Two of GLD’s procurement law experts have recently returned from Rwanda where they delivered contract management training to government officials on a pro bono basis.
The training aims to improve contract management and reduce the loss of public money arising from delays due to poor quality government contracts and contract management processes.
According to the Rwanda Report of the Auditor General, for the year ending June 2014 78 contracts worth an equivalent of £117.2 million were not completed within the contract period. Furthermore, of these, 14 projects worth the equivalent of £3.1 million were abandoned after paying £1.7 million to contractors. Ifeoma Nwabude and Lillian Arinze, both from GLD’s Commercial Law Group were invited to provide the training, in December 2015. This followed the development of contract management tools, including a contract management handbook that is seen by the government of Rwanda as a key mechanism to help reduce unnecessary losses of public funds. This is part of a wider government-led initiative supported by the DFID-funded Legal Assistance for Economic Reform (LASER).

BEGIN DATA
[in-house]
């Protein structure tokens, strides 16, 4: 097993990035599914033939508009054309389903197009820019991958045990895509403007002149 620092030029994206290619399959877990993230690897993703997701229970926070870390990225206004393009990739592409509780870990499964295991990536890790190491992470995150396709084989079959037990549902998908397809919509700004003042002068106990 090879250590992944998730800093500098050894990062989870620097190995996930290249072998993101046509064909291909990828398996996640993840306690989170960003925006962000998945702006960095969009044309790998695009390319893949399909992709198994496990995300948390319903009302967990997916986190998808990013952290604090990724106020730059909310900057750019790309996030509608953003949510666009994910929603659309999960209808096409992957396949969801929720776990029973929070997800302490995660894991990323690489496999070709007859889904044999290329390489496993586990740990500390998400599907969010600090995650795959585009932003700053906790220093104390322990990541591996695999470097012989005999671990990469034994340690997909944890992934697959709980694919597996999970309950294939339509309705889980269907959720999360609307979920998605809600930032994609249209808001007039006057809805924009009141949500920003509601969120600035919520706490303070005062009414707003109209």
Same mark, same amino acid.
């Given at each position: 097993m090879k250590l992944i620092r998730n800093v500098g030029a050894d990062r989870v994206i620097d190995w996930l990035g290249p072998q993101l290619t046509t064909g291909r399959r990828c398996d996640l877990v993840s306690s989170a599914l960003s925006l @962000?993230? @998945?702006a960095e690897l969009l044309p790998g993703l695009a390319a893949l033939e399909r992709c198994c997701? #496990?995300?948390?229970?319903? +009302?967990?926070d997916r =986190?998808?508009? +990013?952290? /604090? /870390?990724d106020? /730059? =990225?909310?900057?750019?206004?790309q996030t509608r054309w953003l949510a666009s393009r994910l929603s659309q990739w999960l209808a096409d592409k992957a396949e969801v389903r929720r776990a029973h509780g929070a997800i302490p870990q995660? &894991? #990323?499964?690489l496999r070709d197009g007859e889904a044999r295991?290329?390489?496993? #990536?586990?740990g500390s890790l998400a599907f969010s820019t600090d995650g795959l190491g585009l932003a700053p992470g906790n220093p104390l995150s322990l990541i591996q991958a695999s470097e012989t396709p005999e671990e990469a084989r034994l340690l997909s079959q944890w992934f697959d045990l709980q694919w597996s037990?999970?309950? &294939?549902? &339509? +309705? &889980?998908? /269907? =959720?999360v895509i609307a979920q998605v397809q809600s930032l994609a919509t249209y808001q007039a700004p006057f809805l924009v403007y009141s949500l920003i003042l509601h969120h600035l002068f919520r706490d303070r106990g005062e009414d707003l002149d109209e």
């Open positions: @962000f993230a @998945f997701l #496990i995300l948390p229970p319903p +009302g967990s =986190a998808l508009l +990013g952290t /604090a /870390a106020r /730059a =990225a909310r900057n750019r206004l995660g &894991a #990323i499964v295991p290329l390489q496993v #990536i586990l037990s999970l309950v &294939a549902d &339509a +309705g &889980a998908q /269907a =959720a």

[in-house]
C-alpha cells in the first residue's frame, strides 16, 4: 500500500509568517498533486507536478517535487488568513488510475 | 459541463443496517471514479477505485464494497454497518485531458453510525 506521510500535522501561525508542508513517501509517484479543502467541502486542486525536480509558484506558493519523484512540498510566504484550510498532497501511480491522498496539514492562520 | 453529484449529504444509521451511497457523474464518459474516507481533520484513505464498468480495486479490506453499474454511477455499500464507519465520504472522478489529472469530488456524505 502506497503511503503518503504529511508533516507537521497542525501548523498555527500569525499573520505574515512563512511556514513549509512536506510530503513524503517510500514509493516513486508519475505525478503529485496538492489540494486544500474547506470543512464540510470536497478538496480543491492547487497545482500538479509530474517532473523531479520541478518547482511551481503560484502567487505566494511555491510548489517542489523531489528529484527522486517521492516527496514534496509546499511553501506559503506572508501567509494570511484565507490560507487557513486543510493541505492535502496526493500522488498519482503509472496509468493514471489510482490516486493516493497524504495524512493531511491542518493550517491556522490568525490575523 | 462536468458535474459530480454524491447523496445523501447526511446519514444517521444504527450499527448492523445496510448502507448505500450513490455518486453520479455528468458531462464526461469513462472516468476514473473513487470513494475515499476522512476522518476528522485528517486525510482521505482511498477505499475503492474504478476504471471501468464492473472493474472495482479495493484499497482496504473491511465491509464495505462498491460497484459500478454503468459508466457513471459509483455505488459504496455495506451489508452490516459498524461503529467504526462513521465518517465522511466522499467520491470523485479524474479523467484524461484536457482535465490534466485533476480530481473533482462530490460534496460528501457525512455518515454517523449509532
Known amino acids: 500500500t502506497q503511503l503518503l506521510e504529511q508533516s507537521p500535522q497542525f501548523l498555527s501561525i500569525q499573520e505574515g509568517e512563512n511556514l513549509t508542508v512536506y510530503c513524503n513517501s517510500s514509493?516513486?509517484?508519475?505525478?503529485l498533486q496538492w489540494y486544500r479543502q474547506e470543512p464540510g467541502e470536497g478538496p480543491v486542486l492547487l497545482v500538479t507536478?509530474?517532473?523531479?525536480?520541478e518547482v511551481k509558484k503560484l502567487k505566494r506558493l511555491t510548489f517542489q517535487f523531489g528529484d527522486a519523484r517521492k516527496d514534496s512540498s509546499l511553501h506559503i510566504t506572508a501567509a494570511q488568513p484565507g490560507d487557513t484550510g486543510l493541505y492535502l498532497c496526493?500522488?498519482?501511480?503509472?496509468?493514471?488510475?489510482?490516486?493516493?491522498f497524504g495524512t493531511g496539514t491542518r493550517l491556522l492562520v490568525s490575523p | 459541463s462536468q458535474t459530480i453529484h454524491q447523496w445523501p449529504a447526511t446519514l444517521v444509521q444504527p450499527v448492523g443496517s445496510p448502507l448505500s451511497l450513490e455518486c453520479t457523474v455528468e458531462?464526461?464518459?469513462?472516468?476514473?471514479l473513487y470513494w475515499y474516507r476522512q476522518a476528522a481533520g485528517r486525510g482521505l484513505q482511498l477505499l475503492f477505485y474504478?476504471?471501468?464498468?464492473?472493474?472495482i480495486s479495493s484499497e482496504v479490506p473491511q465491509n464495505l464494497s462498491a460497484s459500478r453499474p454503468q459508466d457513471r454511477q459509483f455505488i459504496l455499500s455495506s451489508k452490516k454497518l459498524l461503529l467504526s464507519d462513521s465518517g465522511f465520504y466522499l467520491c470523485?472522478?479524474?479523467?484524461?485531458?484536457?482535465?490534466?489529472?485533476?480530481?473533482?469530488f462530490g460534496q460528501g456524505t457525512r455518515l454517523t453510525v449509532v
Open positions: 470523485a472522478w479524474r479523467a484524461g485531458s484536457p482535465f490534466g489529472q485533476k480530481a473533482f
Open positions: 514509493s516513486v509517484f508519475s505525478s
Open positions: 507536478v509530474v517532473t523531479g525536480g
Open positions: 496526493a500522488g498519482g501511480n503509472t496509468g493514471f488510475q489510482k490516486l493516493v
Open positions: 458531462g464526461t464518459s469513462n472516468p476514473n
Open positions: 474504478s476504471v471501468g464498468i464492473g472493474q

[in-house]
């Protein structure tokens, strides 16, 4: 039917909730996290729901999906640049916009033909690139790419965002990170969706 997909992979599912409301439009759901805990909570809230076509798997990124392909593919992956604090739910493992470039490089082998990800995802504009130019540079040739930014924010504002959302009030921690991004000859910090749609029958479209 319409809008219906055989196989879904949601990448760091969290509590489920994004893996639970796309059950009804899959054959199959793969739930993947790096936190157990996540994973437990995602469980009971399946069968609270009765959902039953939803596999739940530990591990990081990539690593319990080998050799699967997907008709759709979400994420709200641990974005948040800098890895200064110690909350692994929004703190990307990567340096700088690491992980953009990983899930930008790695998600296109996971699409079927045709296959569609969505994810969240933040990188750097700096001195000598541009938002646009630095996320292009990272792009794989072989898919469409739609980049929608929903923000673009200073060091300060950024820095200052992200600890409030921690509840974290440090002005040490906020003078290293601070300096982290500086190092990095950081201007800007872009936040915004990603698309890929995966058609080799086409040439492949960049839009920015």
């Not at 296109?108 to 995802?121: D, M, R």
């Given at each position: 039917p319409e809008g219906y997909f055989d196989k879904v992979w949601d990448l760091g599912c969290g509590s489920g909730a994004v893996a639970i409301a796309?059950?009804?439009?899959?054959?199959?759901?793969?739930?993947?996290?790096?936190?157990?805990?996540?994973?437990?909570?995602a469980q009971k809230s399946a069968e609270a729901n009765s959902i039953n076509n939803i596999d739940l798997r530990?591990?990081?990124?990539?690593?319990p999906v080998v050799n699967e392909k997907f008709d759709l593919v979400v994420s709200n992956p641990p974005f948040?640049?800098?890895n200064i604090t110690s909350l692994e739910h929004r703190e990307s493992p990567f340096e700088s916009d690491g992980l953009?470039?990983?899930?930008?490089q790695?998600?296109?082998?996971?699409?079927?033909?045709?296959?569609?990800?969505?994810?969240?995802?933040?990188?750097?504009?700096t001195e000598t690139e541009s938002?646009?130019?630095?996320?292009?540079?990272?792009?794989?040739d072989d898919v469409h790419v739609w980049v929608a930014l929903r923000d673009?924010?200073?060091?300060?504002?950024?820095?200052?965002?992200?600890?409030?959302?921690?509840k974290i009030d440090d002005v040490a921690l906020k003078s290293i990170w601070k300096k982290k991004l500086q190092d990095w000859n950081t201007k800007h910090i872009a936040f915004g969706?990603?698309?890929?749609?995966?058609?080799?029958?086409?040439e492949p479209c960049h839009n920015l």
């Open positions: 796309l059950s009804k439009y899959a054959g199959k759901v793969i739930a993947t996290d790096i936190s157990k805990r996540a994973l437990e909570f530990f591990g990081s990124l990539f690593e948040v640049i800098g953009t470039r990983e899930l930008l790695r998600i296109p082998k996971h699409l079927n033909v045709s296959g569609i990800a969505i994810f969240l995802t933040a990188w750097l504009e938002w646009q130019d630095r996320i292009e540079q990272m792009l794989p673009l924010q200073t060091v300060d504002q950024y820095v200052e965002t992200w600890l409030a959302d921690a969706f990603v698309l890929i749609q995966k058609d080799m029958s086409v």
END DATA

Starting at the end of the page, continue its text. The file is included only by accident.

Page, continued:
Although figures are not yet available to demonstrate the impact of the contract management intervention, a LASER survey has revealed that more than 50% of surveyed legal officers are reporting stronger contract management processes as a result of initiative.
Isabelle Kalihangabo, the Permanent Secretary and Solicitor General at the Rwandan Ministry of Justice, who opened the full day workshop, expressed her appreciation for the support of Ifeoma and Lillian.
Legal and procurement officers from across a number of ministries attended the workshop. The government of Rwanda’s long-term objective is to build internal capacity so that they will deliver the training without external support in the future.
She said: “LASER has helped us by dedicating a permanent member of staff and finding pro bono trainers and helping training”.
She also encouraged the participants to give the training their full attention by saying that “it’s not every day you have UK experts to learn from”.